A bullet connected with Bossuet's shoulder and with a sharp gasp, he fell back onto the barricade. He barely had any time to comprehend what had happened to him before a soldier was on top of him, his bayonet raised and the metal glinting in a sort of bloodthirsty glory.
The last thing that Bossuet thought was that perhaps death wouldn't be that bad. Perhaps in death he would be luckier than he had been in life. This thought gave him hope, and had the pain of the bullet not been so great he might have smiled.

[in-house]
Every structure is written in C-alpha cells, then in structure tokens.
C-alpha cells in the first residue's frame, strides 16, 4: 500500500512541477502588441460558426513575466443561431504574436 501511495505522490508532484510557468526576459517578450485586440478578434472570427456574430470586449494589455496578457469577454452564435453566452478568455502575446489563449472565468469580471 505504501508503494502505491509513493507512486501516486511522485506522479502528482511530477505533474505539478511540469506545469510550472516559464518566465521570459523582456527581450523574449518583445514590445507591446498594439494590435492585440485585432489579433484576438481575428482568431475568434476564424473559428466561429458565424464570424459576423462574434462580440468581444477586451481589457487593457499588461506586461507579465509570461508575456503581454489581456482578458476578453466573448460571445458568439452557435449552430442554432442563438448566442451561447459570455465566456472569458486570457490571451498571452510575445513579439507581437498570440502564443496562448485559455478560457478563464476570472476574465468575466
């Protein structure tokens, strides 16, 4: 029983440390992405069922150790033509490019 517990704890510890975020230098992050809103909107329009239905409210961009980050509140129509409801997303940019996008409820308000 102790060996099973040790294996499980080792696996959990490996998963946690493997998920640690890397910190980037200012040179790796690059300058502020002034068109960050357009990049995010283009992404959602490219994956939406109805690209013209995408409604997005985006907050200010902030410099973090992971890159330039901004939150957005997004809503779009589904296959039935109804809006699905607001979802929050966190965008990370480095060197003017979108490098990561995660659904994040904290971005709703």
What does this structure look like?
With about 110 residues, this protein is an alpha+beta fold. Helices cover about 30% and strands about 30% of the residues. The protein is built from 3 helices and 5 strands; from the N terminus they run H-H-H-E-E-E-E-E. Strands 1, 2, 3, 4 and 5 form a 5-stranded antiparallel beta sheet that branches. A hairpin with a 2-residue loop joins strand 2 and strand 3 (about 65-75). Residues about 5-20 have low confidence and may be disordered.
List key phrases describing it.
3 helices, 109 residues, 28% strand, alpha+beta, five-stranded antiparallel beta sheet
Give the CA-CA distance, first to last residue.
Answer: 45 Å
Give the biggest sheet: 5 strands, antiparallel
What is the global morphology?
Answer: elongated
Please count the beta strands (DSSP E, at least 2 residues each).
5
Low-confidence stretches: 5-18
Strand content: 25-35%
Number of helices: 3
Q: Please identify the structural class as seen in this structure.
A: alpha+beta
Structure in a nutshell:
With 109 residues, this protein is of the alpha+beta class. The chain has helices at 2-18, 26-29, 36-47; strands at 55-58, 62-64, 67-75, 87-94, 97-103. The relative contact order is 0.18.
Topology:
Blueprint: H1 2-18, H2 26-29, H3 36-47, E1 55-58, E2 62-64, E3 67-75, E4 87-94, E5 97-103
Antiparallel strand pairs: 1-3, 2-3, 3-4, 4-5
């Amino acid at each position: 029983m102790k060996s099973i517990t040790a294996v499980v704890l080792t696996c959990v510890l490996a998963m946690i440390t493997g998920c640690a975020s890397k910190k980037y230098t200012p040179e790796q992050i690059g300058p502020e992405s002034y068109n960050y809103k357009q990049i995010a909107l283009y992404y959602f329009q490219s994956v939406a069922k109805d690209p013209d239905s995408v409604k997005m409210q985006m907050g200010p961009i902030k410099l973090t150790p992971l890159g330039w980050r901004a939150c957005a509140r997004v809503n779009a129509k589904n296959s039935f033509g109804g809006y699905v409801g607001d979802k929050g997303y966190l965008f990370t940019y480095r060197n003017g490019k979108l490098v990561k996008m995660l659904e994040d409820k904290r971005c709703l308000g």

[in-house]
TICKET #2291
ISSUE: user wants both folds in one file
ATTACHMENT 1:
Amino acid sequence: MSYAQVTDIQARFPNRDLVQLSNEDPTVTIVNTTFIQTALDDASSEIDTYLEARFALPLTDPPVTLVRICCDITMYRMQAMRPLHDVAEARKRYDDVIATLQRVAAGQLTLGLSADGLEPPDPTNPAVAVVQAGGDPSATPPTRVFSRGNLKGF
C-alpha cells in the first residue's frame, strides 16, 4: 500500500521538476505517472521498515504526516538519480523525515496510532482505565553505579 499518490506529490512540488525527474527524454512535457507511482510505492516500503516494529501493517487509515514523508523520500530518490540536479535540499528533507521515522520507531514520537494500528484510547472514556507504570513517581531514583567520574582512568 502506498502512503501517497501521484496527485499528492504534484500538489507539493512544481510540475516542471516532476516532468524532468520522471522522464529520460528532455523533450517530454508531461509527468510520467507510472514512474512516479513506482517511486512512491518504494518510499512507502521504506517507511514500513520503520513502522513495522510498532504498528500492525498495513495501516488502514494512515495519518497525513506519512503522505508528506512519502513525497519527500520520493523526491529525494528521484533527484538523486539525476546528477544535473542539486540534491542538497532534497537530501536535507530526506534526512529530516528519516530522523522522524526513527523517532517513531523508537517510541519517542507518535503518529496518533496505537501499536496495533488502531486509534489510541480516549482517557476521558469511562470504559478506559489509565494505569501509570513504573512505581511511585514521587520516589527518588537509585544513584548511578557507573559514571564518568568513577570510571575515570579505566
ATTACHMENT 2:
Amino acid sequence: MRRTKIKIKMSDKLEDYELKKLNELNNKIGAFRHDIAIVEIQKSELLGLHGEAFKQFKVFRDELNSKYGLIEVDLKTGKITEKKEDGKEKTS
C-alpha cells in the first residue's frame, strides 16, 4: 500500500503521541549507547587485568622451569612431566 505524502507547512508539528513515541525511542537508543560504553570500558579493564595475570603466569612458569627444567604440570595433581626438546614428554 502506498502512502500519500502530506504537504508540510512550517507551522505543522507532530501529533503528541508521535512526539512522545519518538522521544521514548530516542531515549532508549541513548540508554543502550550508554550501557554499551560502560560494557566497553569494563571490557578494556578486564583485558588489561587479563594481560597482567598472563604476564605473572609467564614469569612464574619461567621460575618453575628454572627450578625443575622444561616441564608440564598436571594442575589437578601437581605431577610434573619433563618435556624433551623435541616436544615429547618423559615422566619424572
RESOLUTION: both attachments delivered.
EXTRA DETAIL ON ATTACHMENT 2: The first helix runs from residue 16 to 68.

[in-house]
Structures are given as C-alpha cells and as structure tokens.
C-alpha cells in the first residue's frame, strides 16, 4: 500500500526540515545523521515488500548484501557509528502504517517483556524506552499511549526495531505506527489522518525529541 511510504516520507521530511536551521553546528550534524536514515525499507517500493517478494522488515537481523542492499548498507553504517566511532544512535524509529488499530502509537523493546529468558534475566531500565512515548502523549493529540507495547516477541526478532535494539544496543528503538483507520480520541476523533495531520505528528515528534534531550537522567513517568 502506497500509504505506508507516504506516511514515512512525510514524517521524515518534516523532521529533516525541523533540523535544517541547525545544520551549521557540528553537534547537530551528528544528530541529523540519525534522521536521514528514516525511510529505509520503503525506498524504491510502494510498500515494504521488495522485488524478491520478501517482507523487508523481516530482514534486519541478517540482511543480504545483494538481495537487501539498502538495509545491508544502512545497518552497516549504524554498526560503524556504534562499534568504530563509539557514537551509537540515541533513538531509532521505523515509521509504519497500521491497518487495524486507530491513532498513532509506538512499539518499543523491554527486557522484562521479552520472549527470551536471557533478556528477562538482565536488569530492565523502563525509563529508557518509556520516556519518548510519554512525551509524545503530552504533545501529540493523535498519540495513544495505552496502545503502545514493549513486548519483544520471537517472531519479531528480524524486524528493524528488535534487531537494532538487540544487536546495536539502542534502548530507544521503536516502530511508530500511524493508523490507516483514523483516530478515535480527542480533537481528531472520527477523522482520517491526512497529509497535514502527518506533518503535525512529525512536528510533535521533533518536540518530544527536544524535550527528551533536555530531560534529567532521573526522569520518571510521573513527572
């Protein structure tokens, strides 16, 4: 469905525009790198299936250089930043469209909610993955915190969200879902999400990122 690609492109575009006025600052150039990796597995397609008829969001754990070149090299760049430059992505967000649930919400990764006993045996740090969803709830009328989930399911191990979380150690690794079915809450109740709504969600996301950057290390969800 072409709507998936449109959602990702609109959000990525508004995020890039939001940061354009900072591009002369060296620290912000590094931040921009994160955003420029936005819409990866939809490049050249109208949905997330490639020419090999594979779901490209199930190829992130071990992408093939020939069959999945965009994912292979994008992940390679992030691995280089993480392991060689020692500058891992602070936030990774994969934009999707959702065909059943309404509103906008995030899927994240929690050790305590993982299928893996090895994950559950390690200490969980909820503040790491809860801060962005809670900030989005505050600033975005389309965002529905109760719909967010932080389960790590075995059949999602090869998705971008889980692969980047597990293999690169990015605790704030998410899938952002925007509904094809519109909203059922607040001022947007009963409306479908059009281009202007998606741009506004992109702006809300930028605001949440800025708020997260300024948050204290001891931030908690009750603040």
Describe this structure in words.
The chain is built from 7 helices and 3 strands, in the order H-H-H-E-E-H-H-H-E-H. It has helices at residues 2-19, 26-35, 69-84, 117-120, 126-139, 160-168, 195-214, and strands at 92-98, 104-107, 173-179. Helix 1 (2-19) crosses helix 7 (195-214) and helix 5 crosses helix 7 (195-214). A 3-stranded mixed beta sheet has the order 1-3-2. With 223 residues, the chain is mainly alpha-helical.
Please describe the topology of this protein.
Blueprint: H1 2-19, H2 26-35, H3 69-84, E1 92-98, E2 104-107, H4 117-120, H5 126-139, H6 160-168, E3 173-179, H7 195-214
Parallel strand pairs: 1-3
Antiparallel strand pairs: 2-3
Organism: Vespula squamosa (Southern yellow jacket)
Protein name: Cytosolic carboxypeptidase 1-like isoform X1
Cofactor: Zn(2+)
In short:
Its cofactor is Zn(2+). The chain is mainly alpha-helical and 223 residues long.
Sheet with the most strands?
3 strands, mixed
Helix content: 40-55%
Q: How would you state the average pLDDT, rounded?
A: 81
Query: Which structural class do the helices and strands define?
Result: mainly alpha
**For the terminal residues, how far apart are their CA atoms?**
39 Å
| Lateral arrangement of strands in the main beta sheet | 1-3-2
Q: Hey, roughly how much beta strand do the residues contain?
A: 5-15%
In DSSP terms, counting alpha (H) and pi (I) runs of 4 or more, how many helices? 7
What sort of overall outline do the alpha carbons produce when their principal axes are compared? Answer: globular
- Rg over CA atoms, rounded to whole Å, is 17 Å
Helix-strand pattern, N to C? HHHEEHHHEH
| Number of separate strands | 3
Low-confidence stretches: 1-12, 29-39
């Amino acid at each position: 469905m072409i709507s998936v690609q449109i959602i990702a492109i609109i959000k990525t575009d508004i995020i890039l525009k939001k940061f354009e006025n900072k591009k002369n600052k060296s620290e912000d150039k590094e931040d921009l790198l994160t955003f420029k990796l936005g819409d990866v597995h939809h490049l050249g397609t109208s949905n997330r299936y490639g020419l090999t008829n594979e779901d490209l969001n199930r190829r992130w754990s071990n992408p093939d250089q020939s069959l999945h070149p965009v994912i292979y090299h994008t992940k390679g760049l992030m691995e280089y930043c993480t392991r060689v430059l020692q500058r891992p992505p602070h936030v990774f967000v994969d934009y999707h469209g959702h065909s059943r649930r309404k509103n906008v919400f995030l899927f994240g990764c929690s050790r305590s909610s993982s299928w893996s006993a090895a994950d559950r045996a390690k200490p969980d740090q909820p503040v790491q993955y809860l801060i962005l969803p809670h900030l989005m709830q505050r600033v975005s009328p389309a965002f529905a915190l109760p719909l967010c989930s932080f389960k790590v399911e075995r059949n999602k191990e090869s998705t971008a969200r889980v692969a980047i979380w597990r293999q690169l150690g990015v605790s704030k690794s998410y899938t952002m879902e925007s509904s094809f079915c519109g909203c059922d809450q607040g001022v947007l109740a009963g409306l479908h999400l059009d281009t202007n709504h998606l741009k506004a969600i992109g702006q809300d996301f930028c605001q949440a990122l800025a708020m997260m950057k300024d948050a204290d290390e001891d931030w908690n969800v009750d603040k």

And then the soldier brought the bayonet down.
Bossuet didn't watch as it tore into his chest, puncturing what must have been a lung. Instead he stared at the man's face the entire time, the national guard soldier who was a man just like him, who could, had the circumstances been any different, have been him. And Bossuet forgave. He died with blood gurgling out of his mouth and forgiveness in his heart.
He had, after all, never been one to hold a grudge.